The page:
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Seven Genuinely Useful Body Language Tips To Help With Your Next Job Interview

By seank

May 16, 2018 at 11:10am


If you've been unsuccessful in job interviews in the past, have you ever considered that your body might have lost you the job?

Now before anyone takes that statement the wrong way, we're talking specifically about your body language here. While your mouth was selling yourself, were your limbs reinforcing that message, or were they undermining it? 

We asked Vinny Kelly, Managing Director of Tactical Talent Recruitment, a Dublin-based specialist sales recruitment agency, for a few tips on how body language can help or hinder you when going for a new job. Vinny has interviewed thousands of candidates over the years and can help candidates find their next role in sales. According to the specialist sales recruiter: "So much of your attitude is conveyed in your body language and your attitude is crucial to getting hired. In fact, 'hire for attitude' has become a recruitment mantra."

Here are a few useful tips that are well worth keeping in mind when you're in your next interview...

Give 'em a hand

When you're nervous you tend to hide your hands, which can make you look untrustworthy, so consciously try to gesture with your hands during the conversation to show your unafraid to reveal yourself. 

And make sure you palms are turned upwards, as this suggests openness and honesty.

Shake on it

You want to make as big an impression on your interviewers as possible and one way to achieve that is by simply making sure to shake their hands upon meeting them and as you leave.

A firm shake forms a bond, makes you appear friendly and confident — all valuable traits in a prospective employee.

"Try to match the pressure of the person you’re shaking hands with and maintain good eye contact throughout," advises Vinny. "Avoid at all costs ‘the bone cruncher’ and the ‘wet fish’, which are hopefully self-explanatory and the two most unpopular handshakes I know of."

We're telling you, people love the hands on approach. 

Don't forget to breathe

Well this is just a good tip for living in general.

One tried and tested method of taking conscious control of your anxiety levels is by focussing on your breathing. 

Take the wheel on your nerves by taking deep breathes and speaking on the exhale. You'll find that you're back in control in a jiffy.

Keep your feet on the ground

Strange as it may seem, because of the wiring of the human brain you actually think clearer when both your feet are on the floor.

When anxiety sets an instinctive reaction can be to clam up: fold your arms, hunch your shoulders and cross your legs — resist that temptation. Stay as open as possible, plant your feet on the ground and don't fidget.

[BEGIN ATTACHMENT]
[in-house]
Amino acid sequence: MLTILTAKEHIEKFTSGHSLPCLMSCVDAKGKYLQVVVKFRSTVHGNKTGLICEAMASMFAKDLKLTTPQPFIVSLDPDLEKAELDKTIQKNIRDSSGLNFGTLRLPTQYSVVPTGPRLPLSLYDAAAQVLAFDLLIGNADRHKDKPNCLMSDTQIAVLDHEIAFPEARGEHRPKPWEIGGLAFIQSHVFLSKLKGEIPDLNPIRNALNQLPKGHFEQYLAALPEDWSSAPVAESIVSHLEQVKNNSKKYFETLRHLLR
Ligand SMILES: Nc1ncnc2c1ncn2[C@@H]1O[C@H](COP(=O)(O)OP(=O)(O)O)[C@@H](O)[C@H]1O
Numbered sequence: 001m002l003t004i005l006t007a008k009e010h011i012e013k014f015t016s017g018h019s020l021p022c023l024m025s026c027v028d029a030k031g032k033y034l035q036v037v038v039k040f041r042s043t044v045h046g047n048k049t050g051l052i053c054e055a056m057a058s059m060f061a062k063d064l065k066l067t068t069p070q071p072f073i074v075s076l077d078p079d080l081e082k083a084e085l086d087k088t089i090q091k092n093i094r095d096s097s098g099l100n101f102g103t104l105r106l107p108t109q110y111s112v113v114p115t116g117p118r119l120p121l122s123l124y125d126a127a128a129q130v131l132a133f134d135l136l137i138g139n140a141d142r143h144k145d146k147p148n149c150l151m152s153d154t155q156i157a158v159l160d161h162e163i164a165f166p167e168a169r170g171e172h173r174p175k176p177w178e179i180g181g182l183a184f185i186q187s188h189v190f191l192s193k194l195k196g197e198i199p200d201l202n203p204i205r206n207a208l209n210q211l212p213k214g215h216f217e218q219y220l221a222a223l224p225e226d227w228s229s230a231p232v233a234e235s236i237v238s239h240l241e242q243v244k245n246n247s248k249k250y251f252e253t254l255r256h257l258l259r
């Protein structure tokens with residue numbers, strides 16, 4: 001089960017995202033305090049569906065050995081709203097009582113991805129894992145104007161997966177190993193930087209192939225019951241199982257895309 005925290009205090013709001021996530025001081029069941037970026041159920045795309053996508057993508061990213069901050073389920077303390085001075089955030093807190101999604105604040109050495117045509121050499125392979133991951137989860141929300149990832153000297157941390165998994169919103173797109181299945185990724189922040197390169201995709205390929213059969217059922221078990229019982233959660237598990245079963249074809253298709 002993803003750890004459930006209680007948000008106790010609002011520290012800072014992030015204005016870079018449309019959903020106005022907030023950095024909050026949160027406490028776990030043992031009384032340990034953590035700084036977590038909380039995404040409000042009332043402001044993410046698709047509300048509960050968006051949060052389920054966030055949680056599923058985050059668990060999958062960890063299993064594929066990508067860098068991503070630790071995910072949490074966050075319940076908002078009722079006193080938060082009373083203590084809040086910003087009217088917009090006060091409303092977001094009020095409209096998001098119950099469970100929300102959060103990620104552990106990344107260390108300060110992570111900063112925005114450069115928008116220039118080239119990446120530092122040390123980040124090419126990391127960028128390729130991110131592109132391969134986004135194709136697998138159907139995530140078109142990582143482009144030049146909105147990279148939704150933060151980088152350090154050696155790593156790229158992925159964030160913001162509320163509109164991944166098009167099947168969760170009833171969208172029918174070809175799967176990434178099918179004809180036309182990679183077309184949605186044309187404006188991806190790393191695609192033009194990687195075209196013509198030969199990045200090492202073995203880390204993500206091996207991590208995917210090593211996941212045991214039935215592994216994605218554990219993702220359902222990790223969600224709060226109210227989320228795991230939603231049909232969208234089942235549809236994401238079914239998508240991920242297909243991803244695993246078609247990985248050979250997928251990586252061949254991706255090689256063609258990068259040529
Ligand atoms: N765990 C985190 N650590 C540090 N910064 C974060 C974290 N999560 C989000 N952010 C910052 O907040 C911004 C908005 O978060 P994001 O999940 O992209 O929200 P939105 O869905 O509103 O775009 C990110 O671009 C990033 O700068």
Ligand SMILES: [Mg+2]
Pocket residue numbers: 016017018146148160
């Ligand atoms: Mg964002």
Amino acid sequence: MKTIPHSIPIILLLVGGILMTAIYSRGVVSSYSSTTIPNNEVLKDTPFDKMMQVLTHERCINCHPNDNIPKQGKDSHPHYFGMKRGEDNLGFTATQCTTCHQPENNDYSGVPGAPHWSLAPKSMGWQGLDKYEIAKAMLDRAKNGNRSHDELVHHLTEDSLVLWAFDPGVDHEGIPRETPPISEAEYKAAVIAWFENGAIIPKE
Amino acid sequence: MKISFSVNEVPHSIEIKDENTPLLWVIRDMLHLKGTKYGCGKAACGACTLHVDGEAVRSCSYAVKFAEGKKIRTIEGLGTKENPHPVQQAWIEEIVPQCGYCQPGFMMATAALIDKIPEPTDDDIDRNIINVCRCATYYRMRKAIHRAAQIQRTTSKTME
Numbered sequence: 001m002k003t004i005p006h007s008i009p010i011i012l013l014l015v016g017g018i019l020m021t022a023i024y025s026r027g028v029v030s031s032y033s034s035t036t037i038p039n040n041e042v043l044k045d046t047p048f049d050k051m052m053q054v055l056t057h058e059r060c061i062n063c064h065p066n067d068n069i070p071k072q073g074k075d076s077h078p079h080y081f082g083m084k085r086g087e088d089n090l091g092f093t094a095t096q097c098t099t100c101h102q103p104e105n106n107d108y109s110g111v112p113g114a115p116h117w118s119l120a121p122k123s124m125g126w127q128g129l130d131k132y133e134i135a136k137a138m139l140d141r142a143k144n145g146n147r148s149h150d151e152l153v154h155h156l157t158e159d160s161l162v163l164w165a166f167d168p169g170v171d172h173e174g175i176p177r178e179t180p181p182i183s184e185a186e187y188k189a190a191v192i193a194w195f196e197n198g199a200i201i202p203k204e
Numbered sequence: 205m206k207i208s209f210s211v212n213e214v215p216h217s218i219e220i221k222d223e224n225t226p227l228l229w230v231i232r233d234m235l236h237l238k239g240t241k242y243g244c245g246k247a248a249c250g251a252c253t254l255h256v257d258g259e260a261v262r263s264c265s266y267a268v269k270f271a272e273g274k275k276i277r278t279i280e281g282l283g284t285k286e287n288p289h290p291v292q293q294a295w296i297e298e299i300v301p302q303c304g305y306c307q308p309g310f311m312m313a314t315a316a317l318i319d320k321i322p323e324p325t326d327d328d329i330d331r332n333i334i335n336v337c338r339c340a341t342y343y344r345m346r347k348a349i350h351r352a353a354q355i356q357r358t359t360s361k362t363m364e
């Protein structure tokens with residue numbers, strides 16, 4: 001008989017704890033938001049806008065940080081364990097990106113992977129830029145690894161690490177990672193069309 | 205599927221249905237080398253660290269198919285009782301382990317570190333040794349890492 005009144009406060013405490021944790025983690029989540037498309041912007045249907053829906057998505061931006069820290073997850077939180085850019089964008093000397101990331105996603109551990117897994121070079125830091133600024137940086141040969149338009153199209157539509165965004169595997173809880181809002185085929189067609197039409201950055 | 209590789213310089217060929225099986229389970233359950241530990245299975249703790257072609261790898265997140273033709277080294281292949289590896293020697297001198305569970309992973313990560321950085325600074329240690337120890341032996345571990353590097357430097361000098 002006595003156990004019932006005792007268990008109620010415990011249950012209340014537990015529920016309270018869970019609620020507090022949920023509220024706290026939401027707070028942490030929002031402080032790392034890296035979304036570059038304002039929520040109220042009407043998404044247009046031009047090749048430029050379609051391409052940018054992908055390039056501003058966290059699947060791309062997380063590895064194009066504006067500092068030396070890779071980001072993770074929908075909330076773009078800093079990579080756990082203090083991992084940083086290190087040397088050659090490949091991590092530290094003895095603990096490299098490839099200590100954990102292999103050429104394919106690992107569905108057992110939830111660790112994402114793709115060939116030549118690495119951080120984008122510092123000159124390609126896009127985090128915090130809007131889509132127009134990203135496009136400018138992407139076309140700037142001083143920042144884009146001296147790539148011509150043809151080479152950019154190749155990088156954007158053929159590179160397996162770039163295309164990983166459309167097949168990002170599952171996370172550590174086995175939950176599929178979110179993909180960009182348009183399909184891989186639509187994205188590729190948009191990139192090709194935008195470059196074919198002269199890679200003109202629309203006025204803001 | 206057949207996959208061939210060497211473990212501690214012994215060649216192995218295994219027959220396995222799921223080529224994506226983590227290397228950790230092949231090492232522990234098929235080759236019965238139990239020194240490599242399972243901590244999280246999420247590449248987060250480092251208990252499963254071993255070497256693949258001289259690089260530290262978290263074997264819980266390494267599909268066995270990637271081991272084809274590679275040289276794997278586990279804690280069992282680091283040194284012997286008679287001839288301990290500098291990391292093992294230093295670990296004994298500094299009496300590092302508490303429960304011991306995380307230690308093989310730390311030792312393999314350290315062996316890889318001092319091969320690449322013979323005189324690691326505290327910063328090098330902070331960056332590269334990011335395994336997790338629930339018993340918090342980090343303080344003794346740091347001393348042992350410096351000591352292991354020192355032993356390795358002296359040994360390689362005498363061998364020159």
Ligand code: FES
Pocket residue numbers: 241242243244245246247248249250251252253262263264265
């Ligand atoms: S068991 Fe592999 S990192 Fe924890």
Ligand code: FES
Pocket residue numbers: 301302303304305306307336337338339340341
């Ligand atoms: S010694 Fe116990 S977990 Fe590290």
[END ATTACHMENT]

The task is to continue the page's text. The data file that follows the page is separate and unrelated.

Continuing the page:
If you must cross something, cross your ankles, as you can reposition them without making a noticeable distraction to your interviewers.

Sit up straight

We hate to admit it, but your mam was right all those years ago.

Slouching sends out the message that you want to slink out of view and take it easy... I mean, you clearly don't even want to expend enough energy to keep your own body erect! Not exactly impressive stuff.

According to Vinny, "you’ll feel more confident if your posture is upright, your head is held high and try to keep those shoulders down. People tend to hold a lot of tension in their shoulders and a conscious effort to keep them relaxed will make for a more easy-going and confident interview all round."

Imagine there's a string from your head connected to the ceiling that's pulled tight in order to achieve the proper posture and appear more self-assured.

Lean and not-so-mean

While keeping your posture, lean forward slightly every now and again when your interviewer is speaking to you.

You want to appear interested in what they have to say, not as if you're just there to deliver lines from a predetermined script.

Nod and smile

Again, this is about being seen to be absorbing what your interviewer is saying to you. 

"You don’t want to appear like a nodding dog, but regular nods of the head towards the interviewer who is speaking will be appreciated," suggests Vinny. "Research has shown that listeners nodding in agreement positively influence the speaker by demonstrating interest and a positive attitude."

If your body is clearly conveying that you're listening, engaged, interested and giving passionate responses, you're doing your interview right.


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